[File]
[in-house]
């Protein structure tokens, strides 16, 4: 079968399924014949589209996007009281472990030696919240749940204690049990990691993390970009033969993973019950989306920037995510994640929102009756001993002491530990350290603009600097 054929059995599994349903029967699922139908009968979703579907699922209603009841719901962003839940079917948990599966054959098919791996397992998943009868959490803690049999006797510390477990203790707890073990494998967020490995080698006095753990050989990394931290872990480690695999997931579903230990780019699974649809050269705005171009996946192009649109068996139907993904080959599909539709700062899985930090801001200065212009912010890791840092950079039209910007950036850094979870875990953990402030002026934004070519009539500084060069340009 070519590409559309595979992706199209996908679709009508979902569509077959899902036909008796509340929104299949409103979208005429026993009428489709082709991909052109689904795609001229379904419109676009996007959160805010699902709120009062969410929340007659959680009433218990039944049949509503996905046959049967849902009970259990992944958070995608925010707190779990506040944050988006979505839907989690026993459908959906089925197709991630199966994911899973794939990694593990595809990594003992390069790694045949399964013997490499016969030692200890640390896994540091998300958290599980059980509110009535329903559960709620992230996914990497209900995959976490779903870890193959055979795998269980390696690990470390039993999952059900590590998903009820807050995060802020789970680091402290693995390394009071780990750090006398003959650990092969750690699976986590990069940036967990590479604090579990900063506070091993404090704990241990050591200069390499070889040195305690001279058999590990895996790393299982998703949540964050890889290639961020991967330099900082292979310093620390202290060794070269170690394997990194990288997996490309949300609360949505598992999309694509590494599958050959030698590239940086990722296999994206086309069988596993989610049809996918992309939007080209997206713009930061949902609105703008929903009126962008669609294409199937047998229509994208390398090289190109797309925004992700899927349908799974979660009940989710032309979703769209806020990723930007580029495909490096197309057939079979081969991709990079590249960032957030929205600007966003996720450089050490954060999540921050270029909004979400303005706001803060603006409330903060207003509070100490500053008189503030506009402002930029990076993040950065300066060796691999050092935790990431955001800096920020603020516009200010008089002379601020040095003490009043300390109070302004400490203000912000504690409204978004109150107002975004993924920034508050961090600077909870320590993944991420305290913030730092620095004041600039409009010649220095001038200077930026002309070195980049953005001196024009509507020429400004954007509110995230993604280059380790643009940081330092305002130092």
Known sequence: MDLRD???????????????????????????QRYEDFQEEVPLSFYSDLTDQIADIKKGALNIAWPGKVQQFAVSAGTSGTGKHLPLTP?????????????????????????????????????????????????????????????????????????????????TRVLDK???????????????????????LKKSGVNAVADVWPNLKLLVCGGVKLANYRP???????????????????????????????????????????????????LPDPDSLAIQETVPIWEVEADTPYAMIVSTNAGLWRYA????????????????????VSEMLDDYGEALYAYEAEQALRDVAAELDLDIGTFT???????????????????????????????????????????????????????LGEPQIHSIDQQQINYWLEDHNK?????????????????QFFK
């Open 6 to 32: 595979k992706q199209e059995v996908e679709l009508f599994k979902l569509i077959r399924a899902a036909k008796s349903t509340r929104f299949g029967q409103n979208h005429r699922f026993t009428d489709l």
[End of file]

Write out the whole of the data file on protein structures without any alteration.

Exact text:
[in-house]
């Protein structure tokens, strides 16, 4: 079968399924014949589209996007009281472990030696919240749940204690049990990691993390970009033969993973019950989306920037995510994640929102009756001993002491530990350290603009600097 054929059995599994349903029967699922139908009968979703579907699922209603009841719901962003839940079917948990599966054959098919791996397992998943009868959490803690049999006797510390477990203790707890073990494998967020490995080698006095753990050989990394931290872990480690695999997931579903230990780019699974649809050269705005171009996946192009649109068996139907993904080959599909539709700062899985930090801001200065212009912010890791840092950079039209910007950036850094979870875990953990402030002026934004070519009539500084060069340009 070519590409559309595979992706199209996908679709009508979902569509077959899902036909008796509340929104299949409103979208005429026993009428489709082709991909052109689904795609001229379904419109676009996007959160805010699902709120009062969410929340007659959680009433218990039944049949509503996905046959049967849902009970259990992944958070995608925010707190779990506040944050988006979505839907989690026993459908959906089925197709991630199966994911899973794939990694593990595809990594003992390069790694045949399964013997490499016969030692200890640390896994540091998300958290599980059980509110009535329903559960709620992230996914990497209900995959976490779903870890193959055979795998269980390696690990470390039993999952059900590590998903009820807050995060802020789970680091402290693995390394009071780990750090006398003959650990092969750690699976986590990069940036967990590479604090579990900063506070091993404090704990241990050591200069390499070889040195305690001279058999590990895996790393299982998703949540964050890889290639961020991967330099900082292979310093620390202290060794070269170690394997990194990288997996490309949300609360949505598992999309694509590494599958050959030698590239940086990722296999994206086309069988596993989610049809996918992309939007080209997206713009930061949902609105703008929903009126962008669609294409199937047998229509994208390398090289190109797309925004992700899927349908799974979660009940989710032309979703769209806020990723930007580029495909490096197309057939079979081969991709990079590249960032957030929205600007966003996720450089050490954060999540921050270029909004979400303005706001803060603006409330903060207003509070100490500053008189503030506009402002930029990076993040950065300066060796691999050092935790990431955001800096920020603020516009200010008089002379601020040095003490009043300390109070302004400490203000912000504690409204978004109150107002975004993924920034508050961090600077909870320590993944991420305290913030730092620095004041600039409009010649220095001038200077930026002309070195980049953005001196024009509507020429400004954007509110995230993604280059380790643009940081330092305002130092």
Known sequence: MDLRD???????????????????????????QRYEDFQEEVPLSFYSDLTDQIADIKKGALNIAWPGKVQQFAVSAGTSGTGKHLPLTP?????????????????????????????????????????????????????????????????????????????????TRVLDK???????????????????????LKKSGVNAVADVWPNLKLLVCGGVKLANYRP???????????????????????????????????????????????????LPDPDSLAIQETVPIWEVEADTPYAMIVSTNAGLWRYA????????????????????VSEMLDDYGEALYAYEAEQALRDVAAELDLDIGTFT???????????????????????????????????????????????????????LGEPQIHSIDQQQINYWLEDHNK?????????????????QFFK
């Open 6 to 32: 595979k992706q199209e059995v996908e679709l009508f599994k979902l569509i077959r399924a899902a036909k008796s349903t509340r929104f299949g029967q409103n979208h005429r699922f026993t009428d489709l």